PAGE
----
How To Brush a POODLE- The Right Way

The Technique of Poodle Line Brushing 

Whether you’ve already got a poodle at home or are considering getting one, a question you may be asking yourself could be: How to brush a poodle? 

With their long and extremely curly fur, brushing a poodle may seem like a daunting task to many owners or owners to be. Luckily, it does not have to be that difficult. One of the techniques you can use is line brushing. A technique used to make sure you get all the tangles out, one line at a time! But, what is line brushing? Keep reading to find out! 

Brushing Poodle's Fur

Step-by-Step Poodle Brushing Instructions

The idea of line brushing is to simply brush your poodle’s curly fur and hair, one line at a time. However, to make the line brushing easier for yourself, you should do a few steps first and always be systematic. 

Being systematic will let your poodle know what to expect. Therefore, knowing what to expect should ensure that your poodle is more comfortable with the whole process. 

Step 1: Getting Everything Ready

Whether your dog loves some pampering or is more reluctant, getting everything prepared before getting your dog will alleviate some stress your dog may otherwise experience. Place all brushes, sprays, and treats within easy reach- but far enough that your dog won’t see the treats as a buffet! 

We recommend that you get a grooming table for your poodle to make sure it has a raised and steady surface to stand on, which will make your job a lot easier and better for your back. Any steady, sturdy, and secure surface, like the floor, should work just fine!

When all your tools are ready, it is time to get your poodle up onto the table- or down on the floor with it, whichever you prefer.  

Step 2: Conditioning 

It is your choice to use a conditioner or not. However, we highly recommend that you do!

Using a leave-in conditioner or hair treatment will help you detangle the curls and make the whole experience more comfortable for your poodle, as you won’t need to use as much strength to brush through your poodle’s fur. 

Besides detangling, the conditioner will also help rehydrate the hair and minimize static hair. 

The best conditioner for any dog will be a conditioner without perfume and excessive additives. If your dog has any health conditions or other issues regarding its fur, you can always consult your veterinarian on the best option for your unique dog.

Step 3: The First Brushing 

You should give your dog a light brushing all over. Some owners prefer to use a pin brush for this stuff; others prefer a slicker brush. It comes down to your preference. 

In this step, you do not need to get all the way down to the skin when brushing. Instead, it is just to assess whether the hair is tangled or matted while getting the fur ready for the more in-depth brushing. 

Step 4: Line Brushing 

Now it is time for the in-depth line brushing. Here you can also use a slicker brush or a pin brush. I use either my pin brush or my protected slicker brush. The protected slicker brush is a slicker brush where the pins are protected with small rubber dots on the ends- to prevent scratching the skin. Again, any of the types will do. 

When line brushing, you should be systematic, starting at either end of your dog and moving downwards. 

Wherever you start, you must do the following: 

  • Form a part in the fur- take small sections at a time. 
  • Lay the fur back away from the area you want to brush.
  • Brush through the first small section until it is tangle-free.
  • Form a new part and brush that section.
  • Continue with this all the way through the entire dog’s coat.

Take special care to brush the friction-rich areas like the armpits and groin area. 

Line brushing can seem like quite an extensive process, but by being systematic and getting your dog used to the process, you will be through it in no time! 

What Should I Do When I Find a Matt in My Poodle’s Hair?

When going through step 3, you should always look for tangles and matting. If you come across a matt, you can gently attempt to loosen it with a brush. However, if it seems thoroughly matted and stuck, do not attempt to rip it out –  it will only be painful to your dog.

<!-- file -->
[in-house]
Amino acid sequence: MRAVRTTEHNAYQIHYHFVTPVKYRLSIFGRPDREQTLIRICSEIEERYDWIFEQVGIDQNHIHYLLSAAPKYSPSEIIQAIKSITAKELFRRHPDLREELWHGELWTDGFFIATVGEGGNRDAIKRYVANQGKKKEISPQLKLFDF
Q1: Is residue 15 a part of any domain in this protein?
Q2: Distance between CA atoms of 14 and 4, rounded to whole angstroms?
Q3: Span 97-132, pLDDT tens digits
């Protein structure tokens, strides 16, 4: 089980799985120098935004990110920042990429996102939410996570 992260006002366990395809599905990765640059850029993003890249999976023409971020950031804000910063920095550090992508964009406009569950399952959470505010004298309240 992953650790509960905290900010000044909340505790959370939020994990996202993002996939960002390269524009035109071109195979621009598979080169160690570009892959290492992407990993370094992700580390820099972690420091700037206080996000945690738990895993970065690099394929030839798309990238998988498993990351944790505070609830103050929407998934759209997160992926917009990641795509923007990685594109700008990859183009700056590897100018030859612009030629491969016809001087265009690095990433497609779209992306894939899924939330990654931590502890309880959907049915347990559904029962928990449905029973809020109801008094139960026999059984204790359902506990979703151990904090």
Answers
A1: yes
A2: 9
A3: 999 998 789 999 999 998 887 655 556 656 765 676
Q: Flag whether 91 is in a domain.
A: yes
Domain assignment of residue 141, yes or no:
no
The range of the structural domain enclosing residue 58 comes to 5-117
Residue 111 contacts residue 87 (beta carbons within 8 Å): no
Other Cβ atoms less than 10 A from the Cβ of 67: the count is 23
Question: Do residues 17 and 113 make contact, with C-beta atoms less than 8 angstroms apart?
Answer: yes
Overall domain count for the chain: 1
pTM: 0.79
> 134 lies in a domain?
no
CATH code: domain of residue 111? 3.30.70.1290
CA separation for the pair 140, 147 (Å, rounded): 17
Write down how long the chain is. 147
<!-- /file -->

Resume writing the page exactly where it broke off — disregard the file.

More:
Instead of struggling with the mat, you can opt to cut the worst of the matt off with a pair of scissors. Hereafter, you can brush through the rest of it. Cutting it off may result in uneven fur, though, which may be unwanted in very long-haired poodles and ones preparing for the show ring. 

Another option is to use a dematting tool. Dematting tools have sharp blades that can cut through the mat without pulling excessively on your dog’s skin. Gently work the dematting tool through the matt and towards the skin. When the matt is loosened, brush carefully through it with a pin brush.  

Man unraveling poodle's matted hair

The Benefits of Brushing Your Poodle Regularly

You’ll hear many people say that poodles don’t shed. Unfortunately, that’s not strictly true. Just like humans, a poodle’s hair will bend and break- effectively shedding some of their hair. However, the hair will then get stuck within the tight curls instead of landing on your favorite white couch, giving the impression that the dog doesn’t shed. 

The unique way a poodle shed is one of the reasons why it is so important to brush your poodle regularly. If not brushed frequently, the tight curls and broken hair, as well as dirt and debris, will clamp together and form tight hairy mats. 

Matted and tangled hair can be painful for your dog, and it can also lead to an increased risk of some skin diseases. If the mats get too big, they may even limit your dog’s movements! 

How often you need to brush your poodle will depend on the length of the hair, the weather, and your preferred lifestyle, amongst other things. 

It goes without saying that if you have a long-haired poodle with a show-cut, it will need far more frequent brushing than a short-haired poodle with a sports cut. But, in the end, it is all about avoiding matting and tangling. 

My reasonably short-haired poodle is brushed once every other week or so. Unless he’s been running through the forest, then he will need to have the dirt brushed out of the fur more frequently!

A long-haired poodle should be brushed thoroughly once a week as a general rule of thumb.  

What to do When Your Poodle Hates Brushing

If you look up videos of line brushing as well as other types of brushing and grooming, you will often find them to be very relaxed, perhaps even sleeping, poodles. That is not always the reality. We know that! 

Getting your dog to enjoy brushing takes lots of training, treats, and patience, but even then, not all poodles will grow to love grooming. My poodle will stand still and accept it and looks at me like I might attempt to chop his paw off next.